Transistors amplify signals and control currents. They're the workhorses of microprocessors and microprocessors power our way of life in the 21st Century. The more transistors you can fit onto the silicon wafers that form the base of computer chips, the more processing power the chip will have. This is the contributing factor involved in a problem fast approaching the microprocessor industry.
Each new generation of processor, if it is to really be an improvement over previous generations, necessitates the addition of greater and greater numbers of transistors. In 1958, Jack Kilby, the inventor of the integrated circuit, managed to cram one transistor into his design. Today’s modern integrated circuits contain over 2.6 billion individual electronic transistors in a 1 cm2 space.
The innovations that have made this giant leap possible are the driving force behind the unprecedented technological advances of the last sixty years. If we want to continue on this trajectory, however, and if Moore’s law continues to prove true, then the industry is going to need to find ways to integrate more and more transistors into a finite space.
Current state of the art tools can shrink transistor template to sizes of 50 nanometers2 (nm2). At smaller sizes errors are introduced that can lead to failure in electronic components. With work funded by Intel, Professor of chemistry, Dr. Shankar Rananavare believes he and his graduate students have found a way to bridge the gap between where the industry currently stands and even smaller transistor templates.
The way transistor templates are etched into silicon wafers now is through a process similar to photography. Photolithography is the industry standard. It’s the way chips are made. A silicon wafer is coated with chemicals which harden when exposed to UV light. In dark rooms, light is shown through a negative of the template and then through a miniaturizing lens and on to the coated wafer. When repeated a number of times, this photo etching leaves the transistor template. This process works great up to that 50 nm2 size.
Dr. Rananavare’s innovation is not out to reinvent the wheel. Why change an industry accepted standard? Rather, Dr. Rananavare’s method is to add a step in this process. By introducing discrete gold nanoparticles as guides in the photo etching process, Dr. Rananavare and his graduate students were able to show that irregularities in the transistor template could be overcome at a smaller scale.
“In the lab we study a range of nanomaterial. We study nanoparticles, nanowires, lithography, and I’m always on the lookout for bottlenecks in industries where nanotechnology can provide solutions to problems."
“This was a problem a colleague, James Blackwell, at Intel brought to my attention. I thought it would be a great opportunity for my students to work on. The problem was, ‘how do we get smaller transistor templates than is currently possible—templates for 20 nm transistors or even smaller.”
According to Dr. Rananavare, there is another technology out there, that like his can solve this problem, but the disadvantage of that technology is that it is expensive, it’s not the industry standard, and it’s much slower than current practices. Dr. Rananavare’s method of applying gold nanoparticles as a physical template in conjunction with the ‘negative’ template used in the photo etching process works within the already existing top down structure used by major processor producers like Intel and Texas Instruments.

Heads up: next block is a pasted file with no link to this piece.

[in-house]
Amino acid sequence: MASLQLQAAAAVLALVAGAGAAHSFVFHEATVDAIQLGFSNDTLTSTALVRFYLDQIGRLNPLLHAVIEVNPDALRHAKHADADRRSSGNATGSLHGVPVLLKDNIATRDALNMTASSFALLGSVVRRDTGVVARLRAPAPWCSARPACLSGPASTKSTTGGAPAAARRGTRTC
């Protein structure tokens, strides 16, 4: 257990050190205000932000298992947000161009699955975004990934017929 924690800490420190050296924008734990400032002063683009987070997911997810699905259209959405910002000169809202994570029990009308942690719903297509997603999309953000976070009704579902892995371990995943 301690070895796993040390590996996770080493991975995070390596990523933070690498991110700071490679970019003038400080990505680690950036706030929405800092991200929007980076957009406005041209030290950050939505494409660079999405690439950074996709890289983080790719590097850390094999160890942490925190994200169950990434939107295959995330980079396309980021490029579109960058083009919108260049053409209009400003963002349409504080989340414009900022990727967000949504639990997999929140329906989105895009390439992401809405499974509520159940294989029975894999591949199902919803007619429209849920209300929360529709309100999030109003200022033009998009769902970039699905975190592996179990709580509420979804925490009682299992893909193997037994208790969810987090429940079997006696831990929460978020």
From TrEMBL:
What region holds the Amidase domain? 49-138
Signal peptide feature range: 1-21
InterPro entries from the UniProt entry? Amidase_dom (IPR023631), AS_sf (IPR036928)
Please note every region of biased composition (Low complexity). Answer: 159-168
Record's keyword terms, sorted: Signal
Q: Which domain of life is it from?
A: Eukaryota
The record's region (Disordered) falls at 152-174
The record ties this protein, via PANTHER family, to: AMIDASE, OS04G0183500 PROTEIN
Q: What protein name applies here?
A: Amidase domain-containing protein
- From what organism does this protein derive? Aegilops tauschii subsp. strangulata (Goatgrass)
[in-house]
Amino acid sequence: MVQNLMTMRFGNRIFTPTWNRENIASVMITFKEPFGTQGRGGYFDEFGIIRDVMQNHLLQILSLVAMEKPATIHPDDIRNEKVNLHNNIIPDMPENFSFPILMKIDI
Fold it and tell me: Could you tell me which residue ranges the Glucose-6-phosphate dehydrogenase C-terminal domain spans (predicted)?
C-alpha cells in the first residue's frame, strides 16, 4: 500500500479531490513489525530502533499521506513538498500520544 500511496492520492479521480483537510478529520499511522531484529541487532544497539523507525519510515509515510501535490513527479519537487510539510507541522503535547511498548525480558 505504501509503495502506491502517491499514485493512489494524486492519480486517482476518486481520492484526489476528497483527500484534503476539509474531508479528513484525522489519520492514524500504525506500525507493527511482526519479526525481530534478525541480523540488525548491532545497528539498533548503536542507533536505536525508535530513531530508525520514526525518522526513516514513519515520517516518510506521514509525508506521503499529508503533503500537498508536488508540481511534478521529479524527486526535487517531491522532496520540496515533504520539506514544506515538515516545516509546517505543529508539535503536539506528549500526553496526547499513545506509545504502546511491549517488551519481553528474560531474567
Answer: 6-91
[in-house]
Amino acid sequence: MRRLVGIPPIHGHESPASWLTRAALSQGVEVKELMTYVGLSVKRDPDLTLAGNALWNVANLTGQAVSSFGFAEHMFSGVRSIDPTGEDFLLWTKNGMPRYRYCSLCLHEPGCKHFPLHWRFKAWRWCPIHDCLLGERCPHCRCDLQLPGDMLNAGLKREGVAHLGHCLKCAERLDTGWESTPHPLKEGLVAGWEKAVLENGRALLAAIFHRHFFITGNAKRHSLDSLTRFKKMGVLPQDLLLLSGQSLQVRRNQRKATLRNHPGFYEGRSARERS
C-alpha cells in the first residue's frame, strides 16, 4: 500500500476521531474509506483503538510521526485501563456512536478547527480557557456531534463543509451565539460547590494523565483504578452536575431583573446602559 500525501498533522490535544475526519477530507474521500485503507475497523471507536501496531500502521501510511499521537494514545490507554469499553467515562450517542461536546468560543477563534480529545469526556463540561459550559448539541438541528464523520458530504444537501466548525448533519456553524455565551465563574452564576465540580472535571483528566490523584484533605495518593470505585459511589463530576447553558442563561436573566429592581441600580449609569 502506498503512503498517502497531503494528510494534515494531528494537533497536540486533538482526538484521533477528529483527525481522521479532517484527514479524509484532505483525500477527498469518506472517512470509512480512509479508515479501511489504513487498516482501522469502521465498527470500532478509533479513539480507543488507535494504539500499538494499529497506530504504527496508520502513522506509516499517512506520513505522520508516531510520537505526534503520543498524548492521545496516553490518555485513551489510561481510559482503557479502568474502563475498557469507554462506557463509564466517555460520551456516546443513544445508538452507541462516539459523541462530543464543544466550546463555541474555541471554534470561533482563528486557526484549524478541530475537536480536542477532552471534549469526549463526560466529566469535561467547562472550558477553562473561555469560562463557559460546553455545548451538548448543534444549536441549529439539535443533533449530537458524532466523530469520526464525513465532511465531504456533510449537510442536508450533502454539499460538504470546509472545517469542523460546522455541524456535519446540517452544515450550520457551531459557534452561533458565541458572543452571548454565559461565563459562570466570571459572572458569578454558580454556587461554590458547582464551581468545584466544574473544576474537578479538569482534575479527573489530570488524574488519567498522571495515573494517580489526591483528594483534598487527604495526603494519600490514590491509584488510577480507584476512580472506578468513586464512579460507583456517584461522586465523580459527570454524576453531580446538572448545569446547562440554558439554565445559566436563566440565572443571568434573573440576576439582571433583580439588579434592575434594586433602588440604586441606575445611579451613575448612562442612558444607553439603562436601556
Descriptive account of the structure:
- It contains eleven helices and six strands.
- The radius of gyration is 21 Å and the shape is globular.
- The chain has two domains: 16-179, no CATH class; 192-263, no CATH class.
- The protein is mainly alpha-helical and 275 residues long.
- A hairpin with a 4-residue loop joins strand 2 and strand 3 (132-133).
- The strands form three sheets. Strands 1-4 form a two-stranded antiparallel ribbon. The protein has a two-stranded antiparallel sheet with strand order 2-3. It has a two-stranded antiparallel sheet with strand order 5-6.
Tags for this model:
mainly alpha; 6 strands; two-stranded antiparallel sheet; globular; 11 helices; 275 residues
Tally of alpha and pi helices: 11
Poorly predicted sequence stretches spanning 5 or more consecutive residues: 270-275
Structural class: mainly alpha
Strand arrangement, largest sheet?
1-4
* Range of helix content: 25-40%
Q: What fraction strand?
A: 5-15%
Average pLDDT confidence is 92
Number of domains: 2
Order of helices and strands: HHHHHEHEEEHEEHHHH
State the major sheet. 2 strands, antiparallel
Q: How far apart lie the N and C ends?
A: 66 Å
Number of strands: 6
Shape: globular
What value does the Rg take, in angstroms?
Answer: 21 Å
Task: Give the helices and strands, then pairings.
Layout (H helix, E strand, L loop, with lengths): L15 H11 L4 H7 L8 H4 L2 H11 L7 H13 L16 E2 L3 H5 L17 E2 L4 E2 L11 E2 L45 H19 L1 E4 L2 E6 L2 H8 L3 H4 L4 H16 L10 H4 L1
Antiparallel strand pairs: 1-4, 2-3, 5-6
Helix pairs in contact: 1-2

“I’ve found that a lot of the time it is integration that makes the difference that leads to innovation,” Dr. Rananavare said. “Solutions that do not require a major change to systems already accepted by industries. Innovations are fantastic when they’re cheap and easily implemented within existing technology and methods.”
The office of Innovation & Intellectual Property (IIP) has worked with Dr. Rananavare to evaluate the market potential of his application of gold nanoparticles to the fabrication of integrated circuit structures, hiring consulting firm TreMonti to perform a detailed analysis of the technology and investigate possible partnerships. IIP has also filed a provisional patent application and extended licensing options to Rananavare’s grant partner, Intel.
By innovating within the accepted practices and technologies, Dr. Rananavare has potentially solved one of the problems facing our modern electronics industries: the ability to fabricate silicon wafers capable of housing transistors of sizes smaller than 50 nm2
“What we try to do in our lab is put a new twist on what can be done with existing nanotechnology,” Dr. Rananavare said. “This technology can be adapted to all kinds of applications. But what we’re really interested in are the practical things: how nanotechnology can be put to use in practical ways. This is why I like working with companies like Intel and Monsanto. Circuit templates and herbicide delivery are nanoscale problems. Working on these problems ultimately helps improve the way we live. Making processors better. Reducing the chemicals in the environment. You have to work on the big and little problems; hit singles and home runs. I believe that’s what my students and I are trying to do.”
Authored by Shaun McGillis
Posted on August 22, 2014